Top Places for Bass Fishing in Minnesota
April 04, 2014
Walleyes draw the most headlines, but don't let that fool you. Countless rivers and lakes in all parts of Minnesota offer outstanding opportunities to catch largemouths and smallmouths alike from the season opener through well into fall. Here's the scoop on three of the best bets for bass fishing in Minnesota.
Extreme convenience to the Twin Cities and a long-standing reputation for excellent fishing keeps fishing pressure heavy on Lake Minnetonka. Fortunately, this 14,000-acre lake can handle the attention well and yields excellent largemouth fishing year after year. Tournament anglers consistently enjoy big success on Minnetonka, with bass that average approximately 2 ½ pounds.
Minnetonka is a complex lake, with multiple basins that vary in depth, bottom make-up and even fertility. What that means from a practical standpoint is that you can catch fish a host of different ways and that a good bite is pretty much always happening somewhere. Focus on shallow vegetation early in the year and follow the fish to deeper weeds as the year progresses.
Walleye anglers curse Mille Lacs smallmouths, but bass fishermen drive long distances to do battle with big, mean bronzebacks. Love 'em or hate 'em, big bronzebacks call this 128,000-acre lake home in a big sort of way, and they serve up outstanding fishing through the warm months. Any rocky reef is likely to have smallmouths huddled about it through much of the summer. Assorted soft plastics and big walking topwater lures draw the bass' ire.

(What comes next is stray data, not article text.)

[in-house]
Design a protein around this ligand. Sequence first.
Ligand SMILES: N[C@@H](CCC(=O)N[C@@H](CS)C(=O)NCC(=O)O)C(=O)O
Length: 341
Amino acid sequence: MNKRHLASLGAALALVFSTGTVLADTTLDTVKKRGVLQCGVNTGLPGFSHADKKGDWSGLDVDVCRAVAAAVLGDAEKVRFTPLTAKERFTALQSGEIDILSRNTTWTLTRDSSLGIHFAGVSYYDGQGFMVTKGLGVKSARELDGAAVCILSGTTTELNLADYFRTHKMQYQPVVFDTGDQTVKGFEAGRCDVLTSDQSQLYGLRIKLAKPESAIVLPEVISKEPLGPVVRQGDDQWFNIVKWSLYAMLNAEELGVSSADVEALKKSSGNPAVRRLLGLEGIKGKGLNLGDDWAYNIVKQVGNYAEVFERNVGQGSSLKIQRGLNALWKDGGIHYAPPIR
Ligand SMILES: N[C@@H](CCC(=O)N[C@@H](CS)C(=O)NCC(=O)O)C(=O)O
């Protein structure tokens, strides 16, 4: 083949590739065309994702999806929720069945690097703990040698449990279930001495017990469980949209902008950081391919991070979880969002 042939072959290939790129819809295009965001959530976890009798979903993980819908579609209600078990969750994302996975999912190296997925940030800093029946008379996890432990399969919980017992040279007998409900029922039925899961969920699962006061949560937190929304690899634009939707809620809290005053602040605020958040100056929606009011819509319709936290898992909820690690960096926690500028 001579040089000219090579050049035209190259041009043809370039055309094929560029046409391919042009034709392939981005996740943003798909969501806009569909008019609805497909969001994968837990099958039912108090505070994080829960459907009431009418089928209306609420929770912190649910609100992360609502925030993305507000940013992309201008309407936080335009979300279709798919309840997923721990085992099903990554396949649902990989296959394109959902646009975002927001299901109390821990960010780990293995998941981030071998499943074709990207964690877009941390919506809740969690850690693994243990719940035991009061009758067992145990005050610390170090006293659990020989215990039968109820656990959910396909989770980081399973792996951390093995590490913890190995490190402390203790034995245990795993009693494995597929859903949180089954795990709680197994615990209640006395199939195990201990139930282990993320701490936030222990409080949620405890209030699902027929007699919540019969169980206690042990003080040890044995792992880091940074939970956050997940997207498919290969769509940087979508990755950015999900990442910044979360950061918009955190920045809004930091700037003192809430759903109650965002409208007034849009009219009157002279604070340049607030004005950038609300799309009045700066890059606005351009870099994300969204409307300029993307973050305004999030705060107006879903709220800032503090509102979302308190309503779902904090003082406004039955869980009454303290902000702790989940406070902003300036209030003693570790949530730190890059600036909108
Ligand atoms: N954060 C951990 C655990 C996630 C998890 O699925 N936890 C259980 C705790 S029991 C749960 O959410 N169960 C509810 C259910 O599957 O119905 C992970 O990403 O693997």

With smallmouths flourishing and walleye populations down, the Minnesota Department of Natural Resources has put into place controversial new regulations that will open the smallmouth harvest.
Walleyes, muskies and pike garner the most lake attention at Lake Vermilion, which spreads across 40,000 acres in northeastern Minnesota and is dotted with rocky islands, but smallmouth bass absolutely abound in lake's dark waters. Although Vermilion is vast, its many cuts and channels allow you to pick a section and treat it almost like a smaller lake. Focus on rocky points and reefs, and it shouldn't take long to find some cooperative smallmouths. Most are 2- to 4-pound range, but any fish that bites could turn out to be genuine giant.
Also, don't overlook the Vermilion River, which flows out of the lake, and big smallmouths that get even less pressure than those that live in the lake!
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